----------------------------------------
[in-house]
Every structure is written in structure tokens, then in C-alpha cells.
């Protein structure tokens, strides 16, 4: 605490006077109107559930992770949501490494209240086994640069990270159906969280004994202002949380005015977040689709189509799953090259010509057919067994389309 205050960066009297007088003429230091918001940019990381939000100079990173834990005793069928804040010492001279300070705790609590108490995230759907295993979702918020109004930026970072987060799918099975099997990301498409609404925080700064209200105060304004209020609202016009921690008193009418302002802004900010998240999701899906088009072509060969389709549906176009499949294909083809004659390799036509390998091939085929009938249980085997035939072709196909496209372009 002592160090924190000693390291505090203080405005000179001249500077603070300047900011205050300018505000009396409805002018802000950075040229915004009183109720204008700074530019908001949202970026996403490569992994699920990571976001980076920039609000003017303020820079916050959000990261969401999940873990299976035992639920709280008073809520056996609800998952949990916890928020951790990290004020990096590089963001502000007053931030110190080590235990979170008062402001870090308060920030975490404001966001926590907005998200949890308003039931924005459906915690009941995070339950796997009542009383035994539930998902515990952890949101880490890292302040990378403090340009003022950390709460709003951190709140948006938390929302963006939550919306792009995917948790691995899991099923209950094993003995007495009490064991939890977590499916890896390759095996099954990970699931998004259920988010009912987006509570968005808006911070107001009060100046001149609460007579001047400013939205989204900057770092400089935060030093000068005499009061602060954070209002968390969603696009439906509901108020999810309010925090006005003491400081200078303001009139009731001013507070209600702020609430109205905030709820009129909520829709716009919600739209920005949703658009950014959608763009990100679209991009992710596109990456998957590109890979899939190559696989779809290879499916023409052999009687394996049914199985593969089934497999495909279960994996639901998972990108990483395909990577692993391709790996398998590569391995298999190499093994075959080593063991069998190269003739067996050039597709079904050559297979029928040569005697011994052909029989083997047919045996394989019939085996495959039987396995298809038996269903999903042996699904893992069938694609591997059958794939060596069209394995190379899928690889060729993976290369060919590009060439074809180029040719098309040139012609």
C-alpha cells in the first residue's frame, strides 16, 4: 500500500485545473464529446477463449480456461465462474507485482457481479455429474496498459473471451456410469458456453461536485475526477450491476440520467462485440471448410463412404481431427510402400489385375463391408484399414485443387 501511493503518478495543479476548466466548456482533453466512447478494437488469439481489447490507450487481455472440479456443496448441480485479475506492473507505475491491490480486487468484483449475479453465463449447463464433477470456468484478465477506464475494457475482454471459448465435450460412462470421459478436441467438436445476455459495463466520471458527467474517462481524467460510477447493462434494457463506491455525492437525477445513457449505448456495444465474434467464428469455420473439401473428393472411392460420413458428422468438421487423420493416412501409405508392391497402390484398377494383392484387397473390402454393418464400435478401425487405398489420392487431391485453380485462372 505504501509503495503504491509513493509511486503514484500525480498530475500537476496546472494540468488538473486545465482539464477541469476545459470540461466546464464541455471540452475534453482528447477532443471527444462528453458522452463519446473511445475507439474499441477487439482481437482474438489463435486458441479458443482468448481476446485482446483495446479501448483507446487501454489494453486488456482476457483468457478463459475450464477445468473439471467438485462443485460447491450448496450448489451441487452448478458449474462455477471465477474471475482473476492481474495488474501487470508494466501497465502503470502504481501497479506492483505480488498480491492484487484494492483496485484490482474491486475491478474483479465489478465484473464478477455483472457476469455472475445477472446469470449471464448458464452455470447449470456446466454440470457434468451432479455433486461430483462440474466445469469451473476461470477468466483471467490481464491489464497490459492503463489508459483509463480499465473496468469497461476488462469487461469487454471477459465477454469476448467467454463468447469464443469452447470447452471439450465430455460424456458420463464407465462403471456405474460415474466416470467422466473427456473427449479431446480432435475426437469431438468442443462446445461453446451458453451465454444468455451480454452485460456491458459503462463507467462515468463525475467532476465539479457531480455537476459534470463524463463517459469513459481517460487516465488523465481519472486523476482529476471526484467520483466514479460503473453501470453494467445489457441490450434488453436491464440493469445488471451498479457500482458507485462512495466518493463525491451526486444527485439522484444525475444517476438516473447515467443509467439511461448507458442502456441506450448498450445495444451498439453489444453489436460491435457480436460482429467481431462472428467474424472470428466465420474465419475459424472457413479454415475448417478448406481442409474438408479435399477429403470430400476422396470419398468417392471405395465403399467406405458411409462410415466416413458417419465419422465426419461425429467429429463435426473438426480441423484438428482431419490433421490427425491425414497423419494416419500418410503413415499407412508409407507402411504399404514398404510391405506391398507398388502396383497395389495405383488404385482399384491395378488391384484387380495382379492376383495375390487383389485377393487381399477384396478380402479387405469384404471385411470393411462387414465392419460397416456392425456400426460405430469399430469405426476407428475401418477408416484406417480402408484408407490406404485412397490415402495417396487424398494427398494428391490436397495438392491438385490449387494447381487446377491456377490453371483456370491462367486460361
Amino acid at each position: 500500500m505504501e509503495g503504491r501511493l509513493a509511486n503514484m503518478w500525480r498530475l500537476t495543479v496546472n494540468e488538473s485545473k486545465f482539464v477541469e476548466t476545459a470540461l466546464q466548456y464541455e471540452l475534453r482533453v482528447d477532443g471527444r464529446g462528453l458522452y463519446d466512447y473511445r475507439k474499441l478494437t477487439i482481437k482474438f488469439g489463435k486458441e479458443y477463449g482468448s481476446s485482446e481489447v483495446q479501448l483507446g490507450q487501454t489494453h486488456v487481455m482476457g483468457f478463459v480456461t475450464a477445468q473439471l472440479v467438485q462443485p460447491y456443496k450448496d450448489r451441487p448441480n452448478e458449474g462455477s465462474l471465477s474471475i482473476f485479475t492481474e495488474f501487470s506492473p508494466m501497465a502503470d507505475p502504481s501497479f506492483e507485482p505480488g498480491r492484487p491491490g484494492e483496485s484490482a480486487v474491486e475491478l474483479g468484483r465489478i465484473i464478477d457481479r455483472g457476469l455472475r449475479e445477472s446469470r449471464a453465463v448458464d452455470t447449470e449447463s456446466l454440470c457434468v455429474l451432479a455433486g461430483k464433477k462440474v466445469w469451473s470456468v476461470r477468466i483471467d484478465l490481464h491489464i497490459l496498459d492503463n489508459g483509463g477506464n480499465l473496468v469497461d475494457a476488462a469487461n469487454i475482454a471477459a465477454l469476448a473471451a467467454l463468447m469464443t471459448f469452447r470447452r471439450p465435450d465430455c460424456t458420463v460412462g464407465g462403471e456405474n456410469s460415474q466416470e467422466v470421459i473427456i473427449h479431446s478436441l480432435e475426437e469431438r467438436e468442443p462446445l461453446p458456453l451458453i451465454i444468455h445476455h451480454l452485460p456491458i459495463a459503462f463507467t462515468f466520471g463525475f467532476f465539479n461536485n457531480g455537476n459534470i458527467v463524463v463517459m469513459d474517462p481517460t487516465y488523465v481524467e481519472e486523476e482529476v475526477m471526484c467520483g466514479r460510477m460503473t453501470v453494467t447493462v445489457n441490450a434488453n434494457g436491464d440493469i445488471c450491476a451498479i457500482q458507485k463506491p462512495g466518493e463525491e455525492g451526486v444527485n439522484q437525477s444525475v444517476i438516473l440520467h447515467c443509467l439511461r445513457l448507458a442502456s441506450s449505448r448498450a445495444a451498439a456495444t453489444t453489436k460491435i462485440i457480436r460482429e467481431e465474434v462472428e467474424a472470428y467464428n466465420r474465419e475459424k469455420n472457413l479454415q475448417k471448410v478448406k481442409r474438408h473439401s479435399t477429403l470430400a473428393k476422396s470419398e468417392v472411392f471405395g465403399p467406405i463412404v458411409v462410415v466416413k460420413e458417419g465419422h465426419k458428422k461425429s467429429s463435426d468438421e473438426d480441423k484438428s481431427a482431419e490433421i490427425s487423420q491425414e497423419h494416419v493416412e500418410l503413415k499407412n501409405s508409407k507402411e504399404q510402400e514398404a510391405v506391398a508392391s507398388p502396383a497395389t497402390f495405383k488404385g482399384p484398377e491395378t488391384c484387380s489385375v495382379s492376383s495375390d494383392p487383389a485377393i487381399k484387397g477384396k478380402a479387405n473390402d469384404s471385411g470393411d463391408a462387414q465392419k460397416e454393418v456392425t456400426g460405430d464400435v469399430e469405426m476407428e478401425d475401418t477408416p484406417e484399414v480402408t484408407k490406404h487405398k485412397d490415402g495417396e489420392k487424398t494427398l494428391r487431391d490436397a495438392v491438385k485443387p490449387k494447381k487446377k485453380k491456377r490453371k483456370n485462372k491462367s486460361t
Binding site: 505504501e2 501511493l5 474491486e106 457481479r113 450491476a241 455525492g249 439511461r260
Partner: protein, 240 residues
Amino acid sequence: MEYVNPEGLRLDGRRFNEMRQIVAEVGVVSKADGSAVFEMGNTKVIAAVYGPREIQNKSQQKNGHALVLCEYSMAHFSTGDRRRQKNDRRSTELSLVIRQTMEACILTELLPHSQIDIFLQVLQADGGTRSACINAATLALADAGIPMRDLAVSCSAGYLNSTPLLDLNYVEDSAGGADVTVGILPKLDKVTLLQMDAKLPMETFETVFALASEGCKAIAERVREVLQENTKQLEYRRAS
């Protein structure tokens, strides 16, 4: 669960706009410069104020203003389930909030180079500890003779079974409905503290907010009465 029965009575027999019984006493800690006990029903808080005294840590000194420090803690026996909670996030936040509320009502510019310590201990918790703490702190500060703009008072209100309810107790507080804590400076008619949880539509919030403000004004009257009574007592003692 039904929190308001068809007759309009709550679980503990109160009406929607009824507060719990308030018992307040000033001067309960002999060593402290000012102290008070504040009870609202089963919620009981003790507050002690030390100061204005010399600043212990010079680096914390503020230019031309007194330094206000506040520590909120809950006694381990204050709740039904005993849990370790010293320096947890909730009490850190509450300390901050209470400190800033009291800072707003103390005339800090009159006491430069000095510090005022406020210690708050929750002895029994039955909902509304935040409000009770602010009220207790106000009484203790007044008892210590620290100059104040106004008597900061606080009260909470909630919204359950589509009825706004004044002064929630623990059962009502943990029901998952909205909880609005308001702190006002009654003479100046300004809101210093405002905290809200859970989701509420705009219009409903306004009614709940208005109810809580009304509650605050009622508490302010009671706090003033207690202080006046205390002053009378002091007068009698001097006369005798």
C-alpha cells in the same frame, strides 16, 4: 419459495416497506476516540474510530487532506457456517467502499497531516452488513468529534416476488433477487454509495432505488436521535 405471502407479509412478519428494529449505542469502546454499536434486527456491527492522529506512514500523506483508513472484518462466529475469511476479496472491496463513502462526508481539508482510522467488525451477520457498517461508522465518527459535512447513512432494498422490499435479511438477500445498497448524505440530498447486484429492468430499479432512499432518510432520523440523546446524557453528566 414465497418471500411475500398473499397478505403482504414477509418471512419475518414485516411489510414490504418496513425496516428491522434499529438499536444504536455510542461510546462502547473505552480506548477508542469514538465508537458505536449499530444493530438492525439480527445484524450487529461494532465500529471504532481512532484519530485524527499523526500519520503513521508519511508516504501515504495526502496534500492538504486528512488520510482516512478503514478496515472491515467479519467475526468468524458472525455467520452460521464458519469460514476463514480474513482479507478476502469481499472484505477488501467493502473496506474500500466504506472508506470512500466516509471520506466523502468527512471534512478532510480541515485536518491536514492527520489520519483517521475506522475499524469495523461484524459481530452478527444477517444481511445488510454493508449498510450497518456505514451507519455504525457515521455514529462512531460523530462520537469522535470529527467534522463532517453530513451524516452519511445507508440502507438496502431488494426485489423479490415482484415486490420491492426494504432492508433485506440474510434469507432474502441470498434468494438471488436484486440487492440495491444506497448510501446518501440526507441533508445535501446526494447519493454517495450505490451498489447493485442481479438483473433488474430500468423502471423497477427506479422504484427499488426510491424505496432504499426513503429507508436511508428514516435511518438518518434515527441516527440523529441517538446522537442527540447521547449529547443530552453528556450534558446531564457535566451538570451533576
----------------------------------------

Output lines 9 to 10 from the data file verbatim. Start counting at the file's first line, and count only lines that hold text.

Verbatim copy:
């Protein structure tokens, strides 16, 4: 669960706009410069104020203003389930909030180079500890003779079974409905503290907010009465 029965009575027999019984006493800690006990029903808080005294840590000194420090803690026996909670996030936040509320009502510019310590201990918790703490702190500060703009008072209100309810107790507080804590400076008619949880539509919030403000004004009257009574007592003692 039904929190308001068809007759309009709550679980503990109160009406929607009824507060719990308030018992307040000033001067309960002999060593402290000012102290008070504040009870609202089963919620009981003790507050002690030390100061204005010399600043212990010079680096914390503020230019031309007194330094206000506040520590909120809950006694381990204050709740039904005993849990370790010293320096947890909730009490850190509450300390901050209470400190800033009291800072707003103390005339800090009159006491430069000095510090005022406020210690708050929750002895029994039955909902509304935040409000009770602010009220207790106000009484203790007044008892210590620290100059104040106004008597900061606080009260909470909630919204359950589509009825706004004044002064929630623990059962009502943990029901998952909205909880609005308001702190006002009654003479100046300004809101210093405002905290809200859970989701509420705009219009409903306004009614709940208005109810809580009304509650605050009622508490302010009671706090003033207690202080006046205390002053009378002091007068009698001097006369005798």
C-alpha cells in the same frame, strides 16, 4: 419459495416497506476516540474510530487532506457456517467502499497531516452488513468529534416476488433477487454509495432505488436521535 405471502407479509412478519428494529449505542469502546454499536434486527456491527492522529506512514500523506483508513472484518462466529475469511476479496472491496463513502462526508481539508482510522467488525451477520457498517461508522465518527459535512447513512432494498422490499435479511438477500445498497448524505440530498447486484429492468430499479432512499432518510432520523440523546446524557453528566 414465497418471500411475500398473499397478505403482504414477509418471512419475518414485516411489510414490504418496513425496516428491522434499529438499536444504536455510542461510546462502547473505552480506548477508542469514538465508537458505536449499530444493530438492525439480527445484524450487529461494532465500529471504532481512532484519530485524527499523526500519520503513521508519511508516504501515504495526502496534500492538504486528512488520510482516512478503514478496515472491515467479519467475526468468524458472525455467520452460521464458519469460514476463514480474513482479507478476502469481499472484505477488501467493502473496506474500500466504506472508506470512500466516509471520506466523502468527512471534512478532510480541515485536518491536514492527520489520519483517521475506522475499524469495523461484524459481530452478527444477517444481511445488510454493508449498510450497518456505514451507519455504525457515521455514529462512531460523530462520537469522535470529527467534522463532517453530513451524516452519511445507508440502507438496502431488494426485489423479490415482484415486490420491492426494504432492508433485506440474510434469507432474502441470498434468494438471488436484486440487492440495491444506497448510501446518501440526507441533508445535501446526494447519493454517495450505490451498489447493485442481479438483473433488474430500468423502471423497477427506479422504484427499488426510491424505496432504499426513503429507508436511508428514516435511518438518518434515527441516527440523529441517538446522537442527540447521547449529547443530552453528556450534558446531564457535566451538570451533576